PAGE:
1. What are the tax rules on alimony payments?
One of the worst parts about getting a divorce is that you may be legally required to pay alimony. After you pay your taxes, and your normal every day bills, paying for alimony can be draining. However, there is a silver lining to the misery to paying alimony; alimony is tax deductible to the payor and this can be quite a tax savings. Moreover, alimony must be reported as taxable income by the ex-spouse who receives it. There is a separate entry for alimony on your tax return so it should not be included with any other taxable income. If you have to pay alimony then you can deduct the total amount you have paid during the year. In order to do so you will need to enter your spouse’s social security number. If you fail to include the SSN, then the tax deduction may be kicked back and not be honored. You must report any alimony that you receive on Form 1040 Line 11. Alimony paid is also reported on Form 1040, Line 31.
If you are the person who is making the alimony payments, then you are permitted to claim them as a deduction. You may only take a deduction for payments that are mandatory under a judgment of divorce or a property settlement agreement. You may not take a deduction for any voluntary payments that you make to your ex-spouse. Moreover, to write off any alimony you must use Form 1040 (not Form 1040A or 1040EZ). The deduction is reported on line 31a. You may also take the standard deduction. You must provide the Social Security number of your former spouse who is receiving the alimony payments on line 31b of your federal income tax return. If you do not do so, then you may be subject to a $50 fine.
If you are the person who is receiving the alimony payments, then any alimony is considered income to you, and it must be included as income on your income tax return. You have to include only payments as required by the divorce judgment or by the PSA property settlement agreement as income. You do not have to report any voluntary payments made to you by your ex-spouse. You must use Form 1040 (not Form 1040A or 1040EZ) when you file your federal income tax return. Alimony payments are reported on line 11. You must provide your Social Security number to your former spouse who is making the alimony payments. If you do not do so, you may be subject to a $50 fine.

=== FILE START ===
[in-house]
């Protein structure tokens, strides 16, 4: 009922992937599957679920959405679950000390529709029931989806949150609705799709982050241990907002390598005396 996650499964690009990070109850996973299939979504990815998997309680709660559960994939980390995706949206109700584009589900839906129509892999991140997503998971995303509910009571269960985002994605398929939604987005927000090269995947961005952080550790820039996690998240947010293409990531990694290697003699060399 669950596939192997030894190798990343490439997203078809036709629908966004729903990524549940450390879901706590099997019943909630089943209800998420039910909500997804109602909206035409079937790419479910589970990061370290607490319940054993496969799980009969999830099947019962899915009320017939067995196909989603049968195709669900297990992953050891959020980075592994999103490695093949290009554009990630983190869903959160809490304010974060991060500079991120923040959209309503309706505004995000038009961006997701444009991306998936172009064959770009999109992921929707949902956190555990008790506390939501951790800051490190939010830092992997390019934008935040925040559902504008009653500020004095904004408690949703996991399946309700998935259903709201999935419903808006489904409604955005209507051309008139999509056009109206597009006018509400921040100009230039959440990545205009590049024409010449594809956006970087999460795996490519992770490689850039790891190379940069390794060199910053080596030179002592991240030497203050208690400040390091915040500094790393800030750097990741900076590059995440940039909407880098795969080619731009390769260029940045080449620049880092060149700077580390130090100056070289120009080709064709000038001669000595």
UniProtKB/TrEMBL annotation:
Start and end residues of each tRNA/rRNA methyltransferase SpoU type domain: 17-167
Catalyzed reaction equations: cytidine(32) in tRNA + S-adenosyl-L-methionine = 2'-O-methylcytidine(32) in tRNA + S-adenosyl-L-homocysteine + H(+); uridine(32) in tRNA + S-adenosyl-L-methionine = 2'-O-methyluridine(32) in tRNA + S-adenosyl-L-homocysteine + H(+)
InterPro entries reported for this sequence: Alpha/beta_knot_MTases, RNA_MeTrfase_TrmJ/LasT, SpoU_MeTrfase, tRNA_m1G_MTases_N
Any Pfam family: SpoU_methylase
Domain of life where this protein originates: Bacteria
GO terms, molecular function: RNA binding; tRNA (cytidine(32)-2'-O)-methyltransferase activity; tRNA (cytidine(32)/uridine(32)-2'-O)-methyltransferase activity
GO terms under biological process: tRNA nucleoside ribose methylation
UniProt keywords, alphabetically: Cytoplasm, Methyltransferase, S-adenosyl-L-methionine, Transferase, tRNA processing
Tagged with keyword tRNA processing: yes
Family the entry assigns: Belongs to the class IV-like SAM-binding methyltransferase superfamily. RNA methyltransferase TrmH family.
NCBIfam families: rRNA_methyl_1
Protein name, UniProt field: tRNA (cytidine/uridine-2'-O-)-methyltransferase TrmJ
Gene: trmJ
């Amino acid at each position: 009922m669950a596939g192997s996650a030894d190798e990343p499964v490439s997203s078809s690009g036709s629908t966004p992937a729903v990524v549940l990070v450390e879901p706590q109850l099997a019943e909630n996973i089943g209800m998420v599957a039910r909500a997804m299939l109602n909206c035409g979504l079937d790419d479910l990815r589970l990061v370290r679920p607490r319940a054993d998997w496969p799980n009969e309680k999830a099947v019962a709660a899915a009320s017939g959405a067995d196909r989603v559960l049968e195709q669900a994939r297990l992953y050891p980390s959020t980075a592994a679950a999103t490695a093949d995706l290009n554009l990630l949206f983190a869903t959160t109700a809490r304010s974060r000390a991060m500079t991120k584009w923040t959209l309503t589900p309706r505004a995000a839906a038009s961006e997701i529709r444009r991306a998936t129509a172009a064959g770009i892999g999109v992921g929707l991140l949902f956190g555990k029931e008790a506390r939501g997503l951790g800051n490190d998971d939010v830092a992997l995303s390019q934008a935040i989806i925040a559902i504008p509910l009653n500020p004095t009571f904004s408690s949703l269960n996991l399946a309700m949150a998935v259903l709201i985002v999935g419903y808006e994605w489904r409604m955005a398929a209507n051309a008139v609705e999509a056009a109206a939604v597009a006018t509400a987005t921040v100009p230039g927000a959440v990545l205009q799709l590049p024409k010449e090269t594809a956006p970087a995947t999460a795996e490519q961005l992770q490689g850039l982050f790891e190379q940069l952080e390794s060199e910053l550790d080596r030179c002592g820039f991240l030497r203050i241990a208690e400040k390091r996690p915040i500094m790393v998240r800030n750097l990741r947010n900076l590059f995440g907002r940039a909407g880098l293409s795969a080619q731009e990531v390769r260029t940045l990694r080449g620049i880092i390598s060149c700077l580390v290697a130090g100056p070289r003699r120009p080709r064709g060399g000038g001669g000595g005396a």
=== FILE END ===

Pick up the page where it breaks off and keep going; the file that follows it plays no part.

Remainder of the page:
2. What are the legal requirements to deduct payments as alimony?
a. You and your spouse or former spouse do not file a joint return with each other;
b. You pay in cash (including checks or money orders);
c. The divorce or separation instrument does not say that the payment is not alimony;
d. If legally separated under a judgment of divorce, you and your former spouse are not members of the same household when you make the payment;
e. You have no liability to make any payment (in cash or property) after the death of your spouse or former spouse; and
f. Your payment is not treated as child support.
3. What are the tax benefits of paying alimony?
The only benefit of paying alimony is that it is tax deductible. Alimony payments are subtracted from the payer’s income on line 31 of Form 1040. In addition to entering how much alimony was paid, the filer must include his or her ex-spouse’s Social Security number. This is the Internal Revenue Service’s way of ensuring that received alimony payments are reported as income.
A spouse who gets alimony and refuses to give his or her ex a tax ID number could face a $50 tax penalty. And if you as the payer know the number but forget to write it on your return, you could face a separate $50 penalty. Worse, if the alimony recipient’s tax ID is missing, the IRS could disallow the deduction.
In cases where a judgment of divorce requires bot alimony and child support, and the amount of each is specifically stated, then only the alimony is taxable. Child support is not taxable as income, nor can the ex-spouse paying deduct these payments.
4. What if I am a U.S. citizen or resident and I am making alimony payments to a nonresident alien ex-spouse?